Good vs. Right
I face the important questions most every day:
Do I order a cola and French fries or a salad?
Do I fill up with the economy gas or spend a little more for the recommended grade?
Do I watch the game or play a game with my grandchild?
As a business leader, you know the challenge is not between a bad product and a good product or a bad hire and a good hire—no one that I know loses sleep over such apparently clear-cut decisions. What makes great business leaders is the ability to choose between shades, between good vs. right.
The right things are right, because they’re usually closer to specification, they’re finished and polished to a higher standard, and they’re proven and stable and can be counted on to deliver short and long-term value.
A case in point is the claim by technologies that use “Big Data” to promise additional sales opportunities for the dealership. I like the Big Data definition our CEO Brian Skutta shared with Dealer Marketing Magazine for its recent Big Data cover story.
“Broadly speaking,” he said, “I view ‘Big Data’ as simply the promise of technology and how it can positively reshape the way we do business. We can now connect variable operations and prospect data with fixed ops ownership and financial data to create compelling consumer engagement content.”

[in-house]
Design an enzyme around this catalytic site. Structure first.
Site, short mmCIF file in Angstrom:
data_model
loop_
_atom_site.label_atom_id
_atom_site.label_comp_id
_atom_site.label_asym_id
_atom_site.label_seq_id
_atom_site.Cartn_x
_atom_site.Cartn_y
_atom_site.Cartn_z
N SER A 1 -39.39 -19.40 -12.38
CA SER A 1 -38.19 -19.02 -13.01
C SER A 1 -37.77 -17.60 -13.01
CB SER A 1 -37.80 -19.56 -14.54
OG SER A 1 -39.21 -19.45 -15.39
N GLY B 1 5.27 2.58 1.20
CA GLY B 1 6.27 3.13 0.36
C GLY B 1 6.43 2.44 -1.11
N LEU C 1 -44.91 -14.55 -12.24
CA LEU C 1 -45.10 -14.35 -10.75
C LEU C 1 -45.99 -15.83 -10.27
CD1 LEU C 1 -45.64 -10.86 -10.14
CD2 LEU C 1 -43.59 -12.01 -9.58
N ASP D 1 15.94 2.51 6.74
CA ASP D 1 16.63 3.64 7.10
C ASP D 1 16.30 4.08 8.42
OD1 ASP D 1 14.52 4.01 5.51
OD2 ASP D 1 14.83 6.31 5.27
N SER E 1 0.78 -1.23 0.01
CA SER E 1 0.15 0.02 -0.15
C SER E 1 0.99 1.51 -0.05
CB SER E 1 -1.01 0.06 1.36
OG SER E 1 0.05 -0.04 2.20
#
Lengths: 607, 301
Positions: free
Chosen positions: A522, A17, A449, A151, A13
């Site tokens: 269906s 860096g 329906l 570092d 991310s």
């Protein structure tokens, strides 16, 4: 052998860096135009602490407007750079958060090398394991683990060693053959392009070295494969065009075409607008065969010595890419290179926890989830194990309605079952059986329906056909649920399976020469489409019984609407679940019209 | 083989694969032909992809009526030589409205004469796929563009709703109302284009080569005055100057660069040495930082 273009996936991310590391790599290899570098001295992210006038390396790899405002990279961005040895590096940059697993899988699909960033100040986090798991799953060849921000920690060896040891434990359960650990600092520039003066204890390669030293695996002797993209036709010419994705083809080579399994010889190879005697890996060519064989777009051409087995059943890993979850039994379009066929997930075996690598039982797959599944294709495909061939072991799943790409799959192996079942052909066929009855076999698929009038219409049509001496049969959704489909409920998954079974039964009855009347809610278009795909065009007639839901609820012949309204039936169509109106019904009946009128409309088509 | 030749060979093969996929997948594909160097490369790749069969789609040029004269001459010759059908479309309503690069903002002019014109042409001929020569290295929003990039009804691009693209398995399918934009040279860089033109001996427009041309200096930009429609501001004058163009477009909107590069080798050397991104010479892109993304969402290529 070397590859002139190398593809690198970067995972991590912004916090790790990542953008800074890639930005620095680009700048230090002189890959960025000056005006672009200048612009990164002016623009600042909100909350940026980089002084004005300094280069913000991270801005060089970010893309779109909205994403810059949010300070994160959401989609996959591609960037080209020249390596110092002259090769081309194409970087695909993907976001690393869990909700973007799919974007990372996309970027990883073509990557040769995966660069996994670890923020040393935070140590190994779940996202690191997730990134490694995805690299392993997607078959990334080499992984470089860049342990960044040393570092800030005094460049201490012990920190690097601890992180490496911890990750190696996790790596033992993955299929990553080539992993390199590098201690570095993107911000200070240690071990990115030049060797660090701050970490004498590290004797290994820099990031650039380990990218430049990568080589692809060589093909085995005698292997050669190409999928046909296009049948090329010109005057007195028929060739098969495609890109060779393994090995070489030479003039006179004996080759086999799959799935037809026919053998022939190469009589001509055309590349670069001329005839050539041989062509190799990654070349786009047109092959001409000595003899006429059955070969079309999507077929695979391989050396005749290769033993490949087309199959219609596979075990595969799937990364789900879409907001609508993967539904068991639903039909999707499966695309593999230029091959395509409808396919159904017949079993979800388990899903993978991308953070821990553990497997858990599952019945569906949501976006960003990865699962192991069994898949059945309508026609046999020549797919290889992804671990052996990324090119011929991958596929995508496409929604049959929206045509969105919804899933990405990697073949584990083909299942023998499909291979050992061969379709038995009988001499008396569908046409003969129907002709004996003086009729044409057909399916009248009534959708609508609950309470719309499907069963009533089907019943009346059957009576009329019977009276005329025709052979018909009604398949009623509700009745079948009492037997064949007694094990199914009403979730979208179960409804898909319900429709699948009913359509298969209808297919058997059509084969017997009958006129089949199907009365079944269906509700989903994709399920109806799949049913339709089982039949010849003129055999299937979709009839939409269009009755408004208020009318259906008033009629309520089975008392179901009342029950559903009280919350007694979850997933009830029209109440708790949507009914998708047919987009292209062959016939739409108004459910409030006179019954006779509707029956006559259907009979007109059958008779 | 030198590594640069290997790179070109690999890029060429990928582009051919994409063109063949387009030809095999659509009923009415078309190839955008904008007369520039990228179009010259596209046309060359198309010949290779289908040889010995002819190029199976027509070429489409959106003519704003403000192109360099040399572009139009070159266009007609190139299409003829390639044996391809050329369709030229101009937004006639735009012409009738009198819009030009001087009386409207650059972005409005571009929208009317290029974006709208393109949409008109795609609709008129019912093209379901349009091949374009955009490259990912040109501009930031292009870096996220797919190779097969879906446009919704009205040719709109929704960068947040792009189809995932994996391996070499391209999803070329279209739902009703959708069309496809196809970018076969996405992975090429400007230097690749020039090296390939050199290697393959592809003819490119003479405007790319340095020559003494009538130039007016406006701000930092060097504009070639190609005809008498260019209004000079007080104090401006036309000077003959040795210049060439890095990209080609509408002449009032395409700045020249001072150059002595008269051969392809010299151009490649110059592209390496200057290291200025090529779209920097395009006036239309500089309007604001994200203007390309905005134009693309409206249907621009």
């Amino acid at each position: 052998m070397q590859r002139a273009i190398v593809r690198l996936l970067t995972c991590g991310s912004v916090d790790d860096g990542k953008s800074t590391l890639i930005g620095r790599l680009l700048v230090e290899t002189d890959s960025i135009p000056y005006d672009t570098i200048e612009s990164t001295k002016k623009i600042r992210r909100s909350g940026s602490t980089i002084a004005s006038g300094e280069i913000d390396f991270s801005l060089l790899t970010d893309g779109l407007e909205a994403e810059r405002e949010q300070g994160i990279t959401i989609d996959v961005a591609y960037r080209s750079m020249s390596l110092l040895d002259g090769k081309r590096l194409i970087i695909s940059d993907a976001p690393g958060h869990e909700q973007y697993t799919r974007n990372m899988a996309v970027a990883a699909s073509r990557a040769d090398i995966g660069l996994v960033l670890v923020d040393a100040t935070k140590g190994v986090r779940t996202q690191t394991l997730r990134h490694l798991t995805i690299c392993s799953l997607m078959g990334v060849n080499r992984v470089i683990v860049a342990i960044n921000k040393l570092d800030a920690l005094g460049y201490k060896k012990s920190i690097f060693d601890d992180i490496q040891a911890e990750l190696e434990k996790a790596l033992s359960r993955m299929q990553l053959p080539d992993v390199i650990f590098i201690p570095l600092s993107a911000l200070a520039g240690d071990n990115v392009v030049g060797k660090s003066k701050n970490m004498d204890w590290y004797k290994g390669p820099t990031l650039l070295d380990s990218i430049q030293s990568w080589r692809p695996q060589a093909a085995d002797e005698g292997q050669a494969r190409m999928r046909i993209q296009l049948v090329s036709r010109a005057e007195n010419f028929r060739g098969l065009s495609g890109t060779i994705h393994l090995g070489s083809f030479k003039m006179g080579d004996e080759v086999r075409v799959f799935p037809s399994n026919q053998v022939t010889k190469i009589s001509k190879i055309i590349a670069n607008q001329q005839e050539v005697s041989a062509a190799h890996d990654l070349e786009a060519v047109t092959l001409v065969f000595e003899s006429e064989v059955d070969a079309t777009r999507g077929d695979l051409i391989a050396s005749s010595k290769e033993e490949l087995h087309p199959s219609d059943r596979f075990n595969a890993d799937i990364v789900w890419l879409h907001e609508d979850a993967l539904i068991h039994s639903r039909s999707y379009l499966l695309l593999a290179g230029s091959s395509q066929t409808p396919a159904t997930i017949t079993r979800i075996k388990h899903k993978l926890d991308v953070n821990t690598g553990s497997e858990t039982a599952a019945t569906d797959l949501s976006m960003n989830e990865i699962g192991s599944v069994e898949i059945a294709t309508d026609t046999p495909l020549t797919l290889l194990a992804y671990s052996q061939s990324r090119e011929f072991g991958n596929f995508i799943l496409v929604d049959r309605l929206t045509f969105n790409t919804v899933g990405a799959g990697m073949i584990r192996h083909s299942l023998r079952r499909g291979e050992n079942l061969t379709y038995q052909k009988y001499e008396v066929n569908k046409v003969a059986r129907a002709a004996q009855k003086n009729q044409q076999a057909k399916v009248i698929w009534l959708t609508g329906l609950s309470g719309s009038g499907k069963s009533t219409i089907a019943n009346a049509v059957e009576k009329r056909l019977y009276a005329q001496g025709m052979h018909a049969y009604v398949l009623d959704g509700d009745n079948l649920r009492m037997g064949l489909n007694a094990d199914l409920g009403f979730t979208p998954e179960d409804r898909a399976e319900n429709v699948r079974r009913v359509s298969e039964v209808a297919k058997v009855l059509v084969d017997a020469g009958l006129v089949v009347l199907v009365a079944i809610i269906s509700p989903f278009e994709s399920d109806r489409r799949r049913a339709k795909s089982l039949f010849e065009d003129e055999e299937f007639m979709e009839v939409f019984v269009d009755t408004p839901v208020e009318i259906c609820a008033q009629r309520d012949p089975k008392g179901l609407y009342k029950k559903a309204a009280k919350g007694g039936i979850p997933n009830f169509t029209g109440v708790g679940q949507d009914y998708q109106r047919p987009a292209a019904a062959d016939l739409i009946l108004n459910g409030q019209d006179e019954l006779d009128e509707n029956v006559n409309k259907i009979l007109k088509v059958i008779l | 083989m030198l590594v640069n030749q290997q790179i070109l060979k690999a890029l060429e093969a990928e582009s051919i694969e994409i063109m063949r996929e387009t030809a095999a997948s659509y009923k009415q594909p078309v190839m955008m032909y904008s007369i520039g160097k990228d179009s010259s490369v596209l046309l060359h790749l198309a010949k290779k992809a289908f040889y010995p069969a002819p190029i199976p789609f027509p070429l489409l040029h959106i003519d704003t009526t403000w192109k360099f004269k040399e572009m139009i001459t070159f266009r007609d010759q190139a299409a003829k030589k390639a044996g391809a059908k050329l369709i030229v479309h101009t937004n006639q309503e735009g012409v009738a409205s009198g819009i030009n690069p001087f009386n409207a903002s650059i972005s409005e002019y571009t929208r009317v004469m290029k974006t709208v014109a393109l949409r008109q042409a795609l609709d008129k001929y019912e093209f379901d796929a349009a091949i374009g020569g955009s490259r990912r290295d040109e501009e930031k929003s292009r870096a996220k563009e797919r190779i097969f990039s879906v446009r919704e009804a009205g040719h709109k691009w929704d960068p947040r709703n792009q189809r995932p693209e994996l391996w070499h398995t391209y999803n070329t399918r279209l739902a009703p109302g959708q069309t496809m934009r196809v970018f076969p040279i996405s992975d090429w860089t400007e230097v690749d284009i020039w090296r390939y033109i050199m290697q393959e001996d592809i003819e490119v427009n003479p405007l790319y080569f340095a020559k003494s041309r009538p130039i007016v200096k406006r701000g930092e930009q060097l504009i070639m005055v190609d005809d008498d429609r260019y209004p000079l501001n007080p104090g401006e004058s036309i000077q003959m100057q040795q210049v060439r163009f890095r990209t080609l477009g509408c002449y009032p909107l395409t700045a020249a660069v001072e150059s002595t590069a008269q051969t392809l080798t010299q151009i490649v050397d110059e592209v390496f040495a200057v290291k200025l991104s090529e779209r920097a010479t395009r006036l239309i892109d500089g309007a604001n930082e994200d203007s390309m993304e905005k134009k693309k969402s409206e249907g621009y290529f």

“Dealerships can use this information to market to specific consumers with the highest probability of taking action and avoid the inefficiencies of marketing to a broad audience or demographic. By marketing to a specific consumer, we now have the ability to create a compelling and personalized call to action,” Skutta said.
“The net result for dealers is the ability to create new sales and vehicle acquisition opportunities we would not have otherwise had in a world without ‘Big Data,” he concluded.
Good vs. right technology decisions often hinge on vendors’ ability to provide and support their products long-term, to furnish accessible user training, and to care for the customer long after the deal is signed. When evaluating good vs. right technologies, don’t neglect the softer assets that contribute greatly to the long-term results and satisfaction you look for it to deliver.
In other words, can the vendor demonstrate a proven ability to properly and promptly set up and then implement the right processes, support the right resource levels, and continuously provide the right customer care it promises?
It’s the important decision you face every day—discerning the right choice from the good choice. The right choice will make a big difference to everyone involved. Choose wisely.